Tea? Why not!

Did you know in a warm part of the United States, you can probably plant and harvest your own tea? Currently, there are only several commercial tea farms across the US, including one in Charleston and one in South Carolina. However, suppose you’re a lucky resident of a climate-friendly state. In that case, you can try cung and harvesting your tea leaves, using the low-maintenance Camelia sinensis as an example.

Camelia sinensis is a sturdy, unpretentious plant that thrives in acidic soil. You can grow this edible plant in suitable flower pots that allow expansion, soil aeration, hydration, and a suitable shiny spot for photosynthesis. The plant is not only usable in boiling water but can also be added to salads, stir-fries, and other foods.  


Are you into making dishes that start improving your health and well-being? Well, some, like thyme, actually live up to their promises. This herb, which belongs to the mint family, is used for its leaves, flowers, and oil to treat many conditions, including inflammation, respiratory problems, fungal infections, smooth muscle spasms, and gastric issues.

It is easily harvested at home and complements numerous dishes and beverages. You can flavor sauteed vegetables, baked fish, soups, roasted potatoes, creamy soups, stews, and more. Some users even dip it in their tea to reap any benefit this wonder herb provides.

Bay leaves

Bay leaves are often used occasionally in soup stocks, stuffings, baked seafood, stews, garam masala, sauces, and other alternatives. It can be cooked whole, fresh, or dried; generally, it’s not a plant you can eat whole. But you can grow and store it in your freezer to use throughout time, with the mention that its flavor potency will dissipate a little.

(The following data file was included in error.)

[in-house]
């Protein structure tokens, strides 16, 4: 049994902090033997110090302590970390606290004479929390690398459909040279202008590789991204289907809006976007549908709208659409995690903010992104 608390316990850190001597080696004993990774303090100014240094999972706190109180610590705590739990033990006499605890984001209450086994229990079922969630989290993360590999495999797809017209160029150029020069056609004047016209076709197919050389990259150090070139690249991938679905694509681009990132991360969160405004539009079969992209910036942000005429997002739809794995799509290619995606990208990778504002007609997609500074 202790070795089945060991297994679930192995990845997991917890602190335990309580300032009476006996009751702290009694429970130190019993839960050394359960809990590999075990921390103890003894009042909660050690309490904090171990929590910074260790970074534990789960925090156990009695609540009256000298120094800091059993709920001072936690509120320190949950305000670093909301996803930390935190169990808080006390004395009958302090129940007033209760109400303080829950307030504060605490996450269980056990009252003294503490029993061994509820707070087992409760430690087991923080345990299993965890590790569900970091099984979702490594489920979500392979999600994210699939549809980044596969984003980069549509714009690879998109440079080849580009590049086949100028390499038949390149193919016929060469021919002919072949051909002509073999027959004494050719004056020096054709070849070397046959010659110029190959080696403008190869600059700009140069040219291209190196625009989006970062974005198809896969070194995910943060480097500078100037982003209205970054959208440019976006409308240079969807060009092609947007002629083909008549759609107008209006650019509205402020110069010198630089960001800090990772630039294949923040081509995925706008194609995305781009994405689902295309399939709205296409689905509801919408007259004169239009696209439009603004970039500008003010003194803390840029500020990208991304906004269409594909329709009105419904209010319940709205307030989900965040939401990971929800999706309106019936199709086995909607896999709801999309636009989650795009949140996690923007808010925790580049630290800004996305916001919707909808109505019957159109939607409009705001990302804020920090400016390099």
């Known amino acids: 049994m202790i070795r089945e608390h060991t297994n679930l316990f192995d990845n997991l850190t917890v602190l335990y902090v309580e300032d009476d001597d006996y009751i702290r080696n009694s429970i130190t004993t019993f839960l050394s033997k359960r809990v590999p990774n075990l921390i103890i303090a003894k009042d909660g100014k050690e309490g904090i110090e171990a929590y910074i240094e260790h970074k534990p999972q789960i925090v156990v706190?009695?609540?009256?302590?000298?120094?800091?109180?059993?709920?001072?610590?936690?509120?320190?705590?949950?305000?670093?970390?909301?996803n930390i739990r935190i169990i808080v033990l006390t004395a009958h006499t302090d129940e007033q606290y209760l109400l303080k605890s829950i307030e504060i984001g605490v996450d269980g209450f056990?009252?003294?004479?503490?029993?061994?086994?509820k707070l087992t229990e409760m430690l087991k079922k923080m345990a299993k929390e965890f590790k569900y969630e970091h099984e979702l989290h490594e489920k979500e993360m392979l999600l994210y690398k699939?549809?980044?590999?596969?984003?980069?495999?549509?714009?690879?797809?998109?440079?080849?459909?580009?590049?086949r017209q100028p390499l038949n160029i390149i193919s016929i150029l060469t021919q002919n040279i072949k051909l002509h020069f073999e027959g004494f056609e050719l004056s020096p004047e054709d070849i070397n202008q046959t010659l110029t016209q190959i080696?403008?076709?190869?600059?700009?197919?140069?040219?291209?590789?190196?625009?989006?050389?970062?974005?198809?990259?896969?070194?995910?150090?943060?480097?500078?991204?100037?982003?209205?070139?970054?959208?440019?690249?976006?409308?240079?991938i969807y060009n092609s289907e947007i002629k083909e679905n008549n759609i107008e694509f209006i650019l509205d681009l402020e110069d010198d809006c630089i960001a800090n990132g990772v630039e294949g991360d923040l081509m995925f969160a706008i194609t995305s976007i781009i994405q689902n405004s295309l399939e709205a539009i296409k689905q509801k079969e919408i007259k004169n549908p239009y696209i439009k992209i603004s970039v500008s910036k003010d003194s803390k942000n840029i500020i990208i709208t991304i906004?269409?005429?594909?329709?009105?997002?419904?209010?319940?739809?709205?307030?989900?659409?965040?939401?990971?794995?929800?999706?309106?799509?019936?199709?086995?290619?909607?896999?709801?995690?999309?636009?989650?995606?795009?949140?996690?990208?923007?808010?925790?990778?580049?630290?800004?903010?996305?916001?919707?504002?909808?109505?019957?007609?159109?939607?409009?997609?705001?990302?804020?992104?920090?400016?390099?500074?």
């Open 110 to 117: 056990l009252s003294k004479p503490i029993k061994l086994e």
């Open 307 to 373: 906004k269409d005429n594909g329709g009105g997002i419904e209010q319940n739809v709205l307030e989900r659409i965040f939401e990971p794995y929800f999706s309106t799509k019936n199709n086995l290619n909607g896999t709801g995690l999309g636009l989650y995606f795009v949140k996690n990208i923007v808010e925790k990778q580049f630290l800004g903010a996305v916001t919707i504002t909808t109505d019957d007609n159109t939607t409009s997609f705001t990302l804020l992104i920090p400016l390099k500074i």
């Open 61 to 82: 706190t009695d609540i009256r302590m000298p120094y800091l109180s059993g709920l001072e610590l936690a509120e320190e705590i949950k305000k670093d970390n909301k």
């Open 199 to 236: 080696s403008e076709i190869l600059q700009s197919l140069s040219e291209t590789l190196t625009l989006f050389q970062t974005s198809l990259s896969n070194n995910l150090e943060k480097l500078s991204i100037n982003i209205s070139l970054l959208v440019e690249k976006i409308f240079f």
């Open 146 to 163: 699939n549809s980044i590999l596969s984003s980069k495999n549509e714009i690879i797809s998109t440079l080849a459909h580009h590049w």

You can throw some leaves in when cooking and remove them before serving the meal since they’re difficult to chew and digest. And if you find the taste too stringent for your taste (or smell) after adding the herb, adding some fat, sweetener, acid, or water to your meal is always a safe idea to soften the aftertaste.


The spicy yet delicious herb you often see accompanying sushi is more versatile than this! It’s a mouth-watering element to add to soups, smoothies, salads, and vegetable juices, among other preparations. Moreover, ground ginger is miraculous in baked deliciousness, as well as meat marinades and spice rubs. When it comes to its health advantages, it’s equally generous, relieving muscle pain, reducing cholesterol levels, and protecting the stomach against ulcers.

Whether you grow or buy it, always stock up on this ubiquitous, tasty herb!

When it comes to stockpiling herbs and spices, there’s no more comfortable way than growing the most used and favorite ones on your own, so don’t hesitate to make it a goal for the new year!